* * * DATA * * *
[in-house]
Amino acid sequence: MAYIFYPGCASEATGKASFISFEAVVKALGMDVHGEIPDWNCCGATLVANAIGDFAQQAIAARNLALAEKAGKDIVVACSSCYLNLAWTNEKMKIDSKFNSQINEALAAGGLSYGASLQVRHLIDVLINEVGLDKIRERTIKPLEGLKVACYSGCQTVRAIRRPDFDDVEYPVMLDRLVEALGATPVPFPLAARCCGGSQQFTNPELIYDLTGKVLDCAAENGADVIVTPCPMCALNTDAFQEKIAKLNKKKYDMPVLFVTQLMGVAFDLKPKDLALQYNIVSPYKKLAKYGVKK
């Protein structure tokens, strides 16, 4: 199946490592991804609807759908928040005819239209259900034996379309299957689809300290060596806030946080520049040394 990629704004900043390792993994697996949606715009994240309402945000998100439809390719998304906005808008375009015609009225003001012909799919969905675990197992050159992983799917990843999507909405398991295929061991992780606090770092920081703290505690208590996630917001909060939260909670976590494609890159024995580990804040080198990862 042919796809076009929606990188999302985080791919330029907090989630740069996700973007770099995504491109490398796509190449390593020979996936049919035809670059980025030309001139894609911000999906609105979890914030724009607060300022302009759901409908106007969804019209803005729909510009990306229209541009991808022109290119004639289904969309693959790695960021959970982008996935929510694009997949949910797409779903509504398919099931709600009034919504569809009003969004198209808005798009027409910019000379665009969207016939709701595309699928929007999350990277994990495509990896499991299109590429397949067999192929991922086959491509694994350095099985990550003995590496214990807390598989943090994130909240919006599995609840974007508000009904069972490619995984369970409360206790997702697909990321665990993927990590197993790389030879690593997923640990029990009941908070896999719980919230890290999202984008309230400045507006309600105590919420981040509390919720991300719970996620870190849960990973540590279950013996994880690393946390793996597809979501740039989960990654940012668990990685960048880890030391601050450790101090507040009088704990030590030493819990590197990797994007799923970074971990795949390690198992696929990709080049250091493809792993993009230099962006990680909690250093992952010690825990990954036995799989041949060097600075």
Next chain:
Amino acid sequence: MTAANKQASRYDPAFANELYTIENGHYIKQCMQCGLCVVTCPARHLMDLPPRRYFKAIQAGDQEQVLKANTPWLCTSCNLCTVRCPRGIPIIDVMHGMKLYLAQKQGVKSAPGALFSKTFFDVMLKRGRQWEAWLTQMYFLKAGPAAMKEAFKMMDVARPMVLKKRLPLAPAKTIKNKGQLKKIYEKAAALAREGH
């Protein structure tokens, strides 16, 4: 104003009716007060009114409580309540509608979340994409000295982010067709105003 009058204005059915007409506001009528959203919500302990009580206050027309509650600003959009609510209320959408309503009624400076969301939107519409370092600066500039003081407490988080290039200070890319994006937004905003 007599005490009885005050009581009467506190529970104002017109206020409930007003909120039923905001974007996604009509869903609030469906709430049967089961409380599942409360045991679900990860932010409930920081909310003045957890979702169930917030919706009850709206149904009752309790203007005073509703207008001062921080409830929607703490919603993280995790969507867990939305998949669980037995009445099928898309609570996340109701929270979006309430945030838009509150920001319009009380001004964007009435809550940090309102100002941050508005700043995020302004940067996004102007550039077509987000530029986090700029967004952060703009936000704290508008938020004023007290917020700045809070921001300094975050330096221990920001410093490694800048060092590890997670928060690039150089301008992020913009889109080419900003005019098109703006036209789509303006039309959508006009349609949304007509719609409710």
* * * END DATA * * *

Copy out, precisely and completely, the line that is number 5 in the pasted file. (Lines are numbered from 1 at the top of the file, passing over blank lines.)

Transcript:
Amino acid sequence: MTAANKQASRYDPAFANELYTIENGHYIKQCMQCGLCVVTCPARHLMDLPPRRYFKAIQAGDQEQVLKANTPWLCTSCNLCTVRCPRGIPIIDVMHGMKLYLAQKQGVKSAPGALFSKTFFDVMLKRGRQWEAWLTQMYFLKAGPAAMKEAFKMMDVARPMVLKKRLPLAPAKTIKNKGQLKKIYEKAAALAREGH